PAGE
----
Beth Porter noted in Reduce, Reuse, Reimagine that one challenge with EPR is that if companies take control of the waste stream, it could take decision-making power about waste management away from communities and result in the incineration of many materials. “Good EPR would include strong recycling targets and a stated zero-incineration policy. It would result in shifting some responsibility of disposal back onto producers, urging them to rethink designs of their products to be better suited for recycling streams.”
EPR around the World
EPR prevails in many other countries. The United States, meanwhile, “is currently one of only three nations of the 35-member Organisation for Economic Cooperation and Development (OECD) that does not have an EPR system specifically for packaging in place or under development,” according to Cassel.
In 1991, Germany passed the “Ordinance on the Avoidance of Packaging Waste,” which was intended to shift the burden of packaging disposal from the public to the industries producing the packaging. This led to the creation of the Green Dot symbol, which indicates that a fee has been paid by the manufacturer to pay for the package’s end-of-life disposal. However, this symbol does not necessarily mean that a product or package is recyclable, a common misconception. For more information, watch this video:
The European Union passed the “Packaging and Packaging Waste Directive” in 1994 and thirty countries have implemented it. This aims at preventing the production of packaging waste through elimination, reuse, recycling, and/or recovery of packaging. “In Europe, global companies have accepted EPR as an appropriate cost of doing business and of being responsible corporate citizens,” wrote Matt Prindiville, Executive Director of UPSTREAM. Beth Porter noted that “Belgium boasts more than five thousand companies that follow [EPR]…the result of this is an impressive 95 percent recovery rate for packaging materials in the country.” Other countries that have adopted EPR legislation include Canada, Australia, Japan, New Zealand, South Korea, Taiwan, and Romania.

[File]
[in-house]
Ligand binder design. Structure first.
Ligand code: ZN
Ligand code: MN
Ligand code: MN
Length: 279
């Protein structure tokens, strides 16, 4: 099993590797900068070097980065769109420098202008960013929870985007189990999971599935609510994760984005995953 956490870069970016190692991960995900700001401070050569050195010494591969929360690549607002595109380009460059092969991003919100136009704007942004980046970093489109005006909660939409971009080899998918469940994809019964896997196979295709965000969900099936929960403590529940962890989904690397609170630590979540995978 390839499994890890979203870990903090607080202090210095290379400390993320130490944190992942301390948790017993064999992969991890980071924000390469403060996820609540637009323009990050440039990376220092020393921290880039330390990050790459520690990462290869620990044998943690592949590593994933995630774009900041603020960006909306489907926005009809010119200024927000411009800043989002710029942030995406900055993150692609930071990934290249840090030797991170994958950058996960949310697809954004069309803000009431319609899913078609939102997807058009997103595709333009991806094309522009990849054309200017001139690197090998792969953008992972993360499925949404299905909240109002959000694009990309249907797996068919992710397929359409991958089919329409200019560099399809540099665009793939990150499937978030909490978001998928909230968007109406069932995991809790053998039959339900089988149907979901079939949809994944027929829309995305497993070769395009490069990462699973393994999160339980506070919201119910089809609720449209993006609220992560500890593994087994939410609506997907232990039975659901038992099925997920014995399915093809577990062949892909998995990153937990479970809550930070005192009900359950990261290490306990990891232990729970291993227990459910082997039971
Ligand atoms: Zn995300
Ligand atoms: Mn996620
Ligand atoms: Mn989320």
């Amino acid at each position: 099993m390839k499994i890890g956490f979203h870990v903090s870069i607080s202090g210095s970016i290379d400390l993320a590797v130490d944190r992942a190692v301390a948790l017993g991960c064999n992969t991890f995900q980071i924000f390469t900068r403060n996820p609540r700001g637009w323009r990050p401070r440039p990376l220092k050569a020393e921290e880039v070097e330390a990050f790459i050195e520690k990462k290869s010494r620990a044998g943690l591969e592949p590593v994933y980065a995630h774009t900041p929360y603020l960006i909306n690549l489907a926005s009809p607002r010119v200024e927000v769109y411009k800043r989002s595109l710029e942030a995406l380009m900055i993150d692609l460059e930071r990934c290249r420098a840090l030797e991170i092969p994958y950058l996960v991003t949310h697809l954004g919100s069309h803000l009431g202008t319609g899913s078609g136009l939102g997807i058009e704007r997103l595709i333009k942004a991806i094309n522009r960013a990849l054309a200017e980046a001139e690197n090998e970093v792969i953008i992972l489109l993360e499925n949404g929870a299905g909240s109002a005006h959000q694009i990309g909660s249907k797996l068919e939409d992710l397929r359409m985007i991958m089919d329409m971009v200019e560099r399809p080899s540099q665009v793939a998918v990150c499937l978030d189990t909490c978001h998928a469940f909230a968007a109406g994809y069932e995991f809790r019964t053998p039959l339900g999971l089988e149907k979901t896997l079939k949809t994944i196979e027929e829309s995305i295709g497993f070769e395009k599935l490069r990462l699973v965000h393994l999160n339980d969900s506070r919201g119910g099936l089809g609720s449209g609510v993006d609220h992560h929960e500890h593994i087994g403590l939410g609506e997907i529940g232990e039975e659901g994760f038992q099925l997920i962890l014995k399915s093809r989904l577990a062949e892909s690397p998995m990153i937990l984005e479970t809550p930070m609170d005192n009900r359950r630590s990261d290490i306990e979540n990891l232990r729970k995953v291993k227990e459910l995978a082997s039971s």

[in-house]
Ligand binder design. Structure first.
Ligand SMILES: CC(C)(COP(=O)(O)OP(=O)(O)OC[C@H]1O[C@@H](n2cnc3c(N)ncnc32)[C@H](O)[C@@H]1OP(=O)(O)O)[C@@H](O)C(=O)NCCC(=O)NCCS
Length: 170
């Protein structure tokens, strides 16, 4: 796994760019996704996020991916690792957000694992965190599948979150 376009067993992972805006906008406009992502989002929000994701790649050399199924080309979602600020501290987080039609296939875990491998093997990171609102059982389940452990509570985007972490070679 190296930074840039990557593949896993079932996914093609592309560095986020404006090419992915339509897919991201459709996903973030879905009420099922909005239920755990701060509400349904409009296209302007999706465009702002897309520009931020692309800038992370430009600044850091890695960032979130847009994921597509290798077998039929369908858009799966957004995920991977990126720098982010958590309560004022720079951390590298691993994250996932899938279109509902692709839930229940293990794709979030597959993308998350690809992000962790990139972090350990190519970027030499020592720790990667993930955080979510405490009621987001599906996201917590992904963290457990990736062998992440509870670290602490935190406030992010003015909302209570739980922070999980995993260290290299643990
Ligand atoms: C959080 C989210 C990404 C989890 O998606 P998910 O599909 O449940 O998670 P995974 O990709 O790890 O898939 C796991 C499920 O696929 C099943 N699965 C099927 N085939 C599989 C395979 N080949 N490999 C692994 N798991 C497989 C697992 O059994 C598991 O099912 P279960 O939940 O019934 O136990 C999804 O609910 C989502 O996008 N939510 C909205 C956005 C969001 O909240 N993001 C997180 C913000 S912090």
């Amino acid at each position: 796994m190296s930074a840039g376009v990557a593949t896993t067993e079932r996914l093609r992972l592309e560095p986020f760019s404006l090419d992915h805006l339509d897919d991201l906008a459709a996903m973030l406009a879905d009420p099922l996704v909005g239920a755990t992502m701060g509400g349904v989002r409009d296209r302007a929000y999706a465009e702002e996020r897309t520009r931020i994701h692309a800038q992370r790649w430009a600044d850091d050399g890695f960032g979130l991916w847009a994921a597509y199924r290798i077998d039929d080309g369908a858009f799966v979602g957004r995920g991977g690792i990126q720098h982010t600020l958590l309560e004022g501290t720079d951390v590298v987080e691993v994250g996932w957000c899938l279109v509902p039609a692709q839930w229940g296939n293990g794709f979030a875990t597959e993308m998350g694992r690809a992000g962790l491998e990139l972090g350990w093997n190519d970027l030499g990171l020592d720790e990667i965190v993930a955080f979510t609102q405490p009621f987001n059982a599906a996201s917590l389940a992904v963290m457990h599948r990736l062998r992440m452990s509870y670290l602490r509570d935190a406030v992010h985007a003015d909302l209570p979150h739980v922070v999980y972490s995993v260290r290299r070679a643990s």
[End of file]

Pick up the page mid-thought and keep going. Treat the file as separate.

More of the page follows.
“Overall…EPR legislation has had the intended effect of moving up the waste stream into product and packaging design, logistics, and shipping departments of major manufacturers.” -Daniel Imhoff, Paper or Plastic
There are some who oppose EPR legislation, arguing that it amounts to an additional fee or tax. Trade associations like the American Institute for Packaging and the Environment (AMERIPEN) and the Grocery Manufacturers Association oppose it because they argue that packaging disposal, recycling, and pollution cleanup costs should be the responsibility of government. “In the U.S., these companies have determined it’s better to fight to keep EPR at bay than to partner with local and state governments to develop 21st-century systems for designing and managing packaging materials,” Prindiville wrote. Companies and manufacturers need to take responsibility.
EPR legislation must be passed to make companies responsible for their packaging. Without laws, it is doubtful that companies will do the right thing on their own. Remember, many companies are already practicing EPR in other countries because it is mandated. But those same companies are not in the US because they aren’t required to by law. You can write your legislators and request that they propose and/or support EPR legislation. The Story of Plastic film offers a great explanation of this.
While EPR is one strong solution, it is not the sole answer to our packaging waste problems. We should combine EPR with many other ideas as the current waste stream is too enormous. We need to create vastly less waste on a global scale. Buy less and be mindful of the things you do purchase.
In my next post, I’ll cover Take-back programs, a form of EPR. Thanks for reading, and please subscribe!
For additional articles about EPR:
“Sustainability and the Economy,” Packaging World
“The Producer Pays,” Knowledge @ Wharton, University of Pennsylvania
“5 Reasons EPR Is the Answer for Plastics Recycling,” Matt Prindiville, sustainablebrands.com
“If you want to eliminate waste in your life – and in the world – the answers will always come down to one simple thing: consume differently.” -Tom Szaky